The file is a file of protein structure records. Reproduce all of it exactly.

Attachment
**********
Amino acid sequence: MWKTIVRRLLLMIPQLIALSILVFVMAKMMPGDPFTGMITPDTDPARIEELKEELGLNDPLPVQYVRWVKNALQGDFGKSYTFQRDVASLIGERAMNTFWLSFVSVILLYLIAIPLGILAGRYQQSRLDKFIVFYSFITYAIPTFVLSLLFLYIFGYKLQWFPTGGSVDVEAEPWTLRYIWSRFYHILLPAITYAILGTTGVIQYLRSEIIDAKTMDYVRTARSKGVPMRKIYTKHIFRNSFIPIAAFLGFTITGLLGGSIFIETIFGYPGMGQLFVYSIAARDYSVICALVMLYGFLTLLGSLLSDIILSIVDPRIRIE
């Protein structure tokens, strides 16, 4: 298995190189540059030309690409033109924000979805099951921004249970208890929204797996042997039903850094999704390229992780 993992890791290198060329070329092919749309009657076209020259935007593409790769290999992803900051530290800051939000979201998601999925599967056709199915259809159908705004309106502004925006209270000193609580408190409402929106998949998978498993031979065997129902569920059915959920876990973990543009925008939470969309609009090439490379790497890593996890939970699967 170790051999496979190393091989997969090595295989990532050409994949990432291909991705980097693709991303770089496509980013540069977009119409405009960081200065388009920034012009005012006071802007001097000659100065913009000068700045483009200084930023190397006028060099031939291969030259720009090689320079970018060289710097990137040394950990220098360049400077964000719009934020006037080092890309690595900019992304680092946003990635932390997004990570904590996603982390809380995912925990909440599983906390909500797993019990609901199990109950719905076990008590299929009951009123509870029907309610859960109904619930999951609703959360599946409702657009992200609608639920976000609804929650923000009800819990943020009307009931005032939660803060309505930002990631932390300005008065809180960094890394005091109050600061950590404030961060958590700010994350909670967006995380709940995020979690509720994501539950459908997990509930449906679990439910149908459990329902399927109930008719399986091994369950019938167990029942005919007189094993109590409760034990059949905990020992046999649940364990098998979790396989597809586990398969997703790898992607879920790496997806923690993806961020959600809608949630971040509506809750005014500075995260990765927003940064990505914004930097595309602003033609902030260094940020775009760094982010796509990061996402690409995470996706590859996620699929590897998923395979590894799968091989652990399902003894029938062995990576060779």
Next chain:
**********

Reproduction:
Amino acid sequence: MWKTIVRRLLLMIPQLIALSILVFVMAKMMPGDPFTGMITPDTDPARIEELKEELGLNDPLPVQYVRWVKNALQGDFGKSYTFQRDVASLIGERAMNTFWLSFVSVILLYLIAIPLGILAGRYQQSRLDKFIVFYSFITYAIPTFVLSLLFLYIFGYKLQWFPTGGSVDVEAEPWTLRYIWSRFYHILLPAITYAILGTTGVIQYLRSEIIDAKTMDYVRTARSKGVPMRKIYTKHIFRNSFIPIAAFLGFTITGLLGGSIFIETIFGYPGMGQLFVYSIAARDYSVICALVMLYGFLTLLGSLLSDIILSIVDPRIRIE
């Protein structure tokens, strides 16, 4: 298995190189540059030309690409033109924000979805099951921004249970208890929204797996042997039903850094999704390229992780 993992890791290198060329070329092919749309009657076209020259935007593409790769290999992803900051530290800051939000979201998601999925599967056709199915259809159908705004309106502004925006209270000193609580408190409402929106998949998978498993031979065997129902569920059915959920876990973990543009925008939470969309609009090439490379790497890593996890939970699967 170790051999496979190393091989997969090595295989990532050409994949990432291909991705980097693709991303770089496509980013540069977009119409405009960081200065388009920034012009005012006071802007001097000659100065913009000068700045483009200084930023190397006028060099031939291969030259720009090689320079970018060289710097990137040394950990220098360049400077964000719009934020006037080092890309690595900019992304680092946003990635932390997004990570904590996603982390809380995912925990909440599983906390909500797993019990609901199990109950719905076990008590299929009951009123509870029907309610859960109904619930999951609703959360599946409702657009992200609608639920976000609804929650923000009800819990943020009307009931005032939660803060309505930002990631932390300005008065809180960094890394005091109050600061950590404030961060958590700010994350909670967006995380709940995020979690509720994501539950459908997990509930449906679990439910149908459990329902399927109930008719399986091994369950019938167990029942005919007189094993109590409760034990059949905990020992046999649940364990098998979790396989597809586990398969997703790898992607879920790496997806923690993806961020959600809608949630971040509506809750005014500075995260990765927003940064990505914004930097595309602003033609902030260094940020775009760094982010796509990061996402690409995470996706590859996620699929590897998923395979590894799968091989652990399902003894029938062995990576060779």
Next chain: